• It's Cool...Literally!  I've driven home via the freeway and parked the car in the garage.  I can immediately get out of the car and touch the front brake disks and open the hood and touch the motor and not get burned.  The Leaf's motor is very efficient at delivering power to the ground...and picking it back up again with it's regenerative braking.  This efficiency WILL translate into lower home A/C usage in the Summer since the Leaf won't be heating up my garage when I get home.
  4. Home Charging beats Gas Stations any day.  
    • I installed a Schneider EV2430WS EVSE in my garage and it takes me 10 seconds to plug in my car on my way in the house...I certainly don't miss pumping or smelling gas.  It takes about 3 hours to recharge my car at night from driving it 40-50 miles...which is about $1.20 a day.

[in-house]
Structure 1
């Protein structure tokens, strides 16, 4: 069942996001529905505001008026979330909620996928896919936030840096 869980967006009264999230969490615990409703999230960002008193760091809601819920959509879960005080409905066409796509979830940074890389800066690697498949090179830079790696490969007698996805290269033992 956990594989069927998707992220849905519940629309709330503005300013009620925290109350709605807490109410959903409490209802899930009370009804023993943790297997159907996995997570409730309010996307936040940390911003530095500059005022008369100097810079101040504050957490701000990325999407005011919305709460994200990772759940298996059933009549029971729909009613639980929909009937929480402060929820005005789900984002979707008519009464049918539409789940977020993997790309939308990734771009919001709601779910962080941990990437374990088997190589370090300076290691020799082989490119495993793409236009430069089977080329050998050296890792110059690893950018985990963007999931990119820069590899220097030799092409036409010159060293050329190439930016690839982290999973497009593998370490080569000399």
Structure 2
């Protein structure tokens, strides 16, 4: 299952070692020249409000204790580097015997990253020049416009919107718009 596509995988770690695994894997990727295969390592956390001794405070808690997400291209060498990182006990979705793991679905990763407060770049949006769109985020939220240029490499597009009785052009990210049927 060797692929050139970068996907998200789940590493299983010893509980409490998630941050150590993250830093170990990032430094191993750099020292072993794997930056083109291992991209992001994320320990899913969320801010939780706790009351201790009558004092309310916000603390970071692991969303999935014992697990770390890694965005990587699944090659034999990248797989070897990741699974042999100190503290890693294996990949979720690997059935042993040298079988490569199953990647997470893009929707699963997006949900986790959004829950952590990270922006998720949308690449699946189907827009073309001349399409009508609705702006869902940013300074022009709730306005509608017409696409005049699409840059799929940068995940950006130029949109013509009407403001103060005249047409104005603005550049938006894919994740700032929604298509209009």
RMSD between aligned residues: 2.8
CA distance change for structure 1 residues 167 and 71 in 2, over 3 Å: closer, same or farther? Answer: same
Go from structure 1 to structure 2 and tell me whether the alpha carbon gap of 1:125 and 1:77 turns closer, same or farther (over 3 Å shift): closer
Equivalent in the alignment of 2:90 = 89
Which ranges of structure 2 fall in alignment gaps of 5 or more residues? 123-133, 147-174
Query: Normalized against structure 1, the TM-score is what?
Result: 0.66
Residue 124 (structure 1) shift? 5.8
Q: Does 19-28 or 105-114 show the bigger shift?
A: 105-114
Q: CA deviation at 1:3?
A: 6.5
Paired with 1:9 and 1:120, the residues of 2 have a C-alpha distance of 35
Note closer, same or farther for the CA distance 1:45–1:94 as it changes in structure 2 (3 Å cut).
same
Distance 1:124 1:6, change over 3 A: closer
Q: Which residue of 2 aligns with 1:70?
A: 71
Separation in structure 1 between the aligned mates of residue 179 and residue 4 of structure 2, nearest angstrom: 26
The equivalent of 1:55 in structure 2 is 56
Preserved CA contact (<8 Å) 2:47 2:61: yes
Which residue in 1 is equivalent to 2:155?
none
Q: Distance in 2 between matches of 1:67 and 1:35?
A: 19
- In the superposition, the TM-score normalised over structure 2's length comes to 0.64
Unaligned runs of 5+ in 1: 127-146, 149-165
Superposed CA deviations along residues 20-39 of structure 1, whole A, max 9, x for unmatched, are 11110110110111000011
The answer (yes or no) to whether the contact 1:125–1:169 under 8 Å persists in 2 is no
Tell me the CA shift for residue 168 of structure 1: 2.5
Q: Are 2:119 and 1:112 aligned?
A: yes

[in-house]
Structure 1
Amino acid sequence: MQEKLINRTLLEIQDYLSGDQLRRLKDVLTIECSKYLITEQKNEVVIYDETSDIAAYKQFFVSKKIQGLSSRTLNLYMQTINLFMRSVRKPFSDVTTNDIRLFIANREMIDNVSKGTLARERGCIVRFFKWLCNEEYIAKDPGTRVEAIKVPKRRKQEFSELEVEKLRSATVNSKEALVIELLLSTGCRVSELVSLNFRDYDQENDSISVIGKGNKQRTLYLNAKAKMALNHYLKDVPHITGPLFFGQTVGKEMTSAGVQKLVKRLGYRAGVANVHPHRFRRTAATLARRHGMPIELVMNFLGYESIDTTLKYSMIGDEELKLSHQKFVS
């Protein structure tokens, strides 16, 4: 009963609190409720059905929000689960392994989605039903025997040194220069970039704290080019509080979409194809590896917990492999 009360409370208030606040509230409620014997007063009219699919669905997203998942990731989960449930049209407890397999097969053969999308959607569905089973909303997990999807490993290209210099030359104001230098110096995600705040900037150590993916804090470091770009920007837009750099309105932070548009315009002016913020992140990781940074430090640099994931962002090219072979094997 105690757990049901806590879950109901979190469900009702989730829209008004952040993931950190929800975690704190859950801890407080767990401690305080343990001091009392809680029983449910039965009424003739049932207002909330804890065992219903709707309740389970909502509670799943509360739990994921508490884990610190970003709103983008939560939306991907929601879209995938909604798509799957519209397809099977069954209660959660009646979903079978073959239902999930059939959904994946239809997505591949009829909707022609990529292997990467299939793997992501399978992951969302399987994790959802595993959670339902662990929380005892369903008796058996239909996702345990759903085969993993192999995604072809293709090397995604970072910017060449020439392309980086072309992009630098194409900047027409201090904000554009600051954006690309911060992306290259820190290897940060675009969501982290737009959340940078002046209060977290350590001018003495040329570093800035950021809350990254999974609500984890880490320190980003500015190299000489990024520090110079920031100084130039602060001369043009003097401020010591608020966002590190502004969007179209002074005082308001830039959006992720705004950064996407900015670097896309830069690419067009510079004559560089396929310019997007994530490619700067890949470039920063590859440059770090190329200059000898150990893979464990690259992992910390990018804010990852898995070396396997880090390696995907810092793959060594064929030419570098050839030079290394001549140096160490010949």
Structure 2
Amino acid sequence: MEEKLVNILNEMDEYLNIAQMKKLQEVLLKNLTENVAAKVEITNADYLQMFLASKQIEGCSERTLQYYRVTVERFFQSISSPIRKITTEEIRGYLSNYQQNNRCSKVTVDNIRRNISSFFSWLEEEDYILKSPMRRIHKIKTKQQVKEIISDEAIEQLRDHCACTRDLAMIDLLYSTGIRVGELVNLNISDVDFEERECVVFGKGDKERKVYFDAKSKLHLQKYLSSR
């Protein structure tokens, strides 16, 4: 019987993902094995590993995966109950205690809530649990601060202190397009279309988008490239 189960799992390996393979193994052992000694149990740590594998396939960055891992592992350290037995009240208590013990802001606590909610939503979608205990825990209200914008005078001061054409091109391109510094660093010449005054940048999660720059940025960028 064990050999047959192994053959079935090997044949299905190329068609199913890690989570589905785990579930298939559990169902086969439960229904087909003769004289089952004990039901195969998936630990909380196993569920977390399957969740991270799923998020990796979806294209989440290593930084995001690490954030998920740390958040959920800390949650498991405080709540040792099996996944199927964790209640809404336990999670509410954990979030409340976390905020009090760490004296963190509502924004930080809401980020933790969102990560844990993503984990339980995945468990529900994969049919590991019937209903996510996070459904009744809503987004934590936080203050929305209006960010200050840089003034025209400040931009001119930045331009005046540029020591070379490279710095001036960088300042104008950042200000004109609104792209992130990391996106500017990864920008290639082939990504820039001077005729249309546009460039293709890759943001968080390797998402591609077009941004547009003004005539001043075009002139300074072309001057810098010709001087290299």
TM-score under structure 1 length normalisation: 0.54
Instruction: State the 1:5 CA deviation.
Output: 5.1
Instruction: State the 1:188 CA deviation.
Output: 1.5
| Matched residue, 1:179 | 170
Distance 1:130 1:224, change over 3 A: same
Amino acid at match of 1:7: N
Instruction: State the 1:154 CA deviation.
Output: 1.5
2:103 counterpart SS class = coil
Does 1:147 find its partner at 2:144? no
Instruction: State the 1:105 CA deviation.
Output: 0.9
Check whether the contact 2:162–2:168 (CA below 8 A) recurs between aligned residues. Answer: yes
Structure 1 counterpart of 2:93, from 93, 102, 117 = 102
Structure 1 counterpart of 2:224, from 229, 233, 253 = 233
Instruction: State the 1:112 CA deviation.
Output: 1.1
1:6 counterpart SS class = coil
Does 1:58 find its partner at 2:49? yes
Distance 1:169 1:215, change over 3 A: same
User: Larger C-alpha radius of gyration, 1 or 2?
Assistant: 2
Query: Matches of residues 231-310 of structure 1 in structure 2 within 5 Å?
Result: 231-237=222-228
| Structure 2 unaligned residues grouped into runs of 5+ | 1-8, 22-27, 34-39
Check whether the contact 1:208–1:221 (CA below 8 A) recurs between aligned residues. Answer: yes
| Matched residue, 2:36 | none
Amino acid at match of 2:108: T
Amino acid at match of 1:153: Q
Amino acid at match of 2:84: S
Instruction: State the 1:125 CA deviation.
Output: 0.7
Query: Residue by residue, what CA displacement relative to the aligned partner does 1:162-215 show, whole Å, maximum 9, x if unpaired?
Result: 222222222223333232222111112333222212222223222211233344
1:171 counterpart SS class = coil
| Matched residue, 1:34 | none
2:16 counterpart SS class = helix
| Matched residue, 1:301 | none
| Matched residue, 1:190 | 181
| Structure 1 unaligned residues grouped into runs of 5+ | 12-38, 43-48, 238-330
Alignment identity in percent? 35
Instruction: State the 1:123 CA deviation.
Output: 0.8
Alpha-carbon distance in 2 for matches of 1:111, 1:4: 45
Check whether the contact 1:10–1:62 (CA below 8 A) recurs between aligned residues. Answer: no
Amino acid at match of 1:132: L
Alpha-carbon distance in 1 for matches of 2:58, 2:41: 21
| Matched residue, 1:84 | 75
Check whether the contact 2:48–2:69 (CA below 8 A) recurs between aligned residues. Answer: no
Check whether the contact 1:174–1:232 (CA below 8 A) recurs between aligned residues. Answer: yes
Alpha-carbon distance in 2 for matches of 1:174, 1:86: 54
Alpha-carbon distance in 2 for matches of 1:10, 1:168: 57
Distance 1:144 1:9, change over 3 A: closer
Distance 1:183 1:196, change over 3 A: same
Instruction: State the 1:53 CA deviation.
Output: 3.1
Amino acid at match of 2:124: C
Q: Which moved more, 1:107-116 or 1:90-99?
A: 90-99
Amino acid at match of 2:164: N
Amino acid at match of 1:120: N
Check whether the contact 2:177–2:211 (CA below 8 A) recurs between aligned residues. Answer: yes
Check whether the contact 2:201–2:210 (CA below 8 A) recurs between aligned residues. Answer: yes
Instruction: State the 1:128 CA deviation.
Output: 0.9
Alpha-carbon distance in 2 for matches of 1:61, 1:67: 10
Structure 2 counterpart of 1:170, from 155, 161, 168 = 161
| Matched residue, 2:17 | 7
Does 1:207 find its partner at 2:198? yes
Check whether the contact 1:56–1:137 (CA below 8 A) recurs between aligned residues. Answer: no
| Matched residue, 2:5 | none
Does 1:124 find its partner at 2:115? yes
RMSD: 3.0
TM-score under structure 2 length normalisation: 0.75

• When I'm on the road, finding charging stations is easy with the Leaf, as it displays them on the GPS display.  When I get a low battery warning, it pops up nearby stations and asks me if I want to be routed to one...easy.  However, what it won't tell you is if the charging stations are currently being used.  For realtime availability information, you'll need to use a ChargePoint or Blink app on your Smartphone.
  5. It's Clean.  
    • It's a great feeling driving a car that pollutes so little from so many points of view: gasoline, carbon (COx), engine oil, radiator fluid, excess heat, brake dust/pads, and noise are all significantly reduced with the Leaf.  
    • Even if I was in West Virginia and charging my car with 97% coal powered electricity, the Leaf's fuel would still be cleaner than burning gas.